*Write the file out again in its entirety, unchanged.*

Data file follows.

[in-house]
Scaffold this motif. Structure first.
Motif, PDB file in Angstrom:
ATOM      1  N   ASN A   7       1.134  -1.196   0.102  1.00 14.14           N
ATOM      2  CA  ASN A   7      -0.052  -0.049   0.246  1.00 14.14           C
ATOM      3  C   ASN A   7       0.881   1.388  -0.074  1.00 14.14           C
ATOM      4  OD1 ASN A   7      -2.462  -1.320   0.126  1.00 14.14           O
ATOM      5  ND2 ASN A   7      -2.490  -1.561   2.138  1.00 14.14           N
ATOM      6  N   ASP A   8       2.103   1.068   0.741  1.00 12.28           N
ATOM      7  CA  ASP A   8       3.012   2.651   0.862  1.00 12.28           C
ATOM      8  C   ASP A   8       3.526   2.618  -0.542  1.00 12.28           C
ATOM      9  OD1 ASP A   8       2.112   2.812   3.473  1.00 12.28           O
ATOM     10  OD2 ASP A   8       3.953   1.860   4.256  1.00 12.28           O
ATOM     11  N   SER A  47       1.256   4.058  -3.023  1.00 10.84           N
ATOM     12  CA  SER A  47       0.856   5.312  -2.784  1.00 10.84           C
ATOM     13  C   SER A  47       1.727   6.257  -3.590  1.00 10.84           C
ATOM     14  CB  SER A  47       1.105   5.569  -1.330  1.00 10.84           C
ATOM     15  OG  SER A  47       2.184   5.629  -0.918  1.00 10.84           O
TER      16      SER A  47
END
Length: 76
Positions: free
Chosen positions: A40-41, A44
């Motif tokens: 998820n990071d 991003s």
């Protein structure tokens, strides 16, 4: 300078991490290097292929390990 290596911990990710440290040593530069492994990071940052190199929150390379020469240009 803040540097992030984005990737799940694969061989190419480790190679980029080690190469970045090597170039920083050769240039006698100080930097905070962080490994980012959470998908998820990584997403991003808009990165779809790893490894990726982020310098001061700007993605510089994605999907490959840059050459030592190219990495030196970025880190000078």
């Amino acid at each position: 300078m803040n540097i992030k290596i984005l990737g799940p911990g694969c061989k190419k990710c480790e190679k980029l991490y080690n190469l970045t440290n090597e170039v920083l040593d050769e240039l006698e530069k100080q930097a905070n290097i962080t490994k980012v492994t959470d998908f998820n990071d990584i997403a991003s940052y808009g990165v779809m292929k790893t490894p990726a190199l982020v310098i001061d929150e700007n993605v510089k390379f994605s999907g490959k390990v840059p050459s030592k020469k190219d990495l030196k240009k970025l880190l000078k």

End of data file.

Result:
[in-house]
Scaffold this motif. Structure first.
Motif, PDB file in Angstrom:
ATOM      1  N   ASN A   7       1.134  -1.196   0.102  1.00 14.14           N
ATOM      2  CA  ASN A   7      -0.052  -0.049   0.246  1.00 14.14           C
ATOM      3  C   ASN A   7       0.881   1.388  -0.074  1.00 14.14           C
ATOM      4  OD1 ASN A   7      -2.462  -1.320   0.126  1.00 14.14           O
ATOM      5  ND2 ASN A   7      -2.490  -1.561   2.138  1.00 14.14           N
ATOM      6  N   ASP A   8       2.103   1.068   0.741  1.00 12.28           N
ATOM      7  CA  ASP A   8       3.012   2.651   0.862  1.00 12.28           C
ATOM      8  C   ASP A   8       3.526   2.618  -0.542  1.00 12.28           C
ATOM      9  OD1 ASP A   8       2.112   2.812   3.473  1.00 12.28           O
ATOM     10  OD2 ASP A   8       3.953   1.860   4.256  1.00 12.28           O
ATOM     11  N   SER A  47       1.256   4.058  -3.023  1.00 10.84           N
ATOM     12  CA  SER A  47       0.856   5.312  -2.784  1.00 10.84           C
ATOM     13  C   SER A  47       1.727   6.257  -3.590  1.00 10.84           C
ATOM     14  CB  SER A  47       1.105   5.569  -1.330  1.00 10.84           C
ATOM     15  OG  SER A  47       2.184   5.629  -0.918  1.00 10.84           O
TER      16      SER A  47
END
Length: 76
Positions: free
Chosen positions: A40-41, A44
């Motif tokens: 998820n990071d 991003s």
């Protein structure tokens, strides 16, 4: 300078991490290097292929390990 290596911990990710440290040593530069492994990071940052190199929150390379020469240009 803040540097992030984005990737799940694969061989190419480790190679980029080690190469970045090597170039920083050769240039006698100080930097905070962080490994980012959470998908998820990584997403991003808009990165779809790893490894990726982020310098001061700007993605510089994605999907490959840059050459030592190219990495030196970025880190000078």
């Amino acid at each position: 300078m803040n540097i992030k290596i984005l990737g799940p911990g694969c061989k190419k990710c480790e190679k980029l991490y080690n190469l970045t440290n090597e170039v920083l040593d050769e240039l006698e530069k100080q930097a905070n290097i962080t490994k980012v492994t959470d998908f998820n990071d990584i997403a991003s940052y808009g990165v779809m292929k790893t490894p990726a190199l982020v310098i001061d929150e700007n993605v510089k390379f994605s999907g490959k390990v840059p050459s030592k020469k190219d990495l030196k240009k970025l880190l000078k």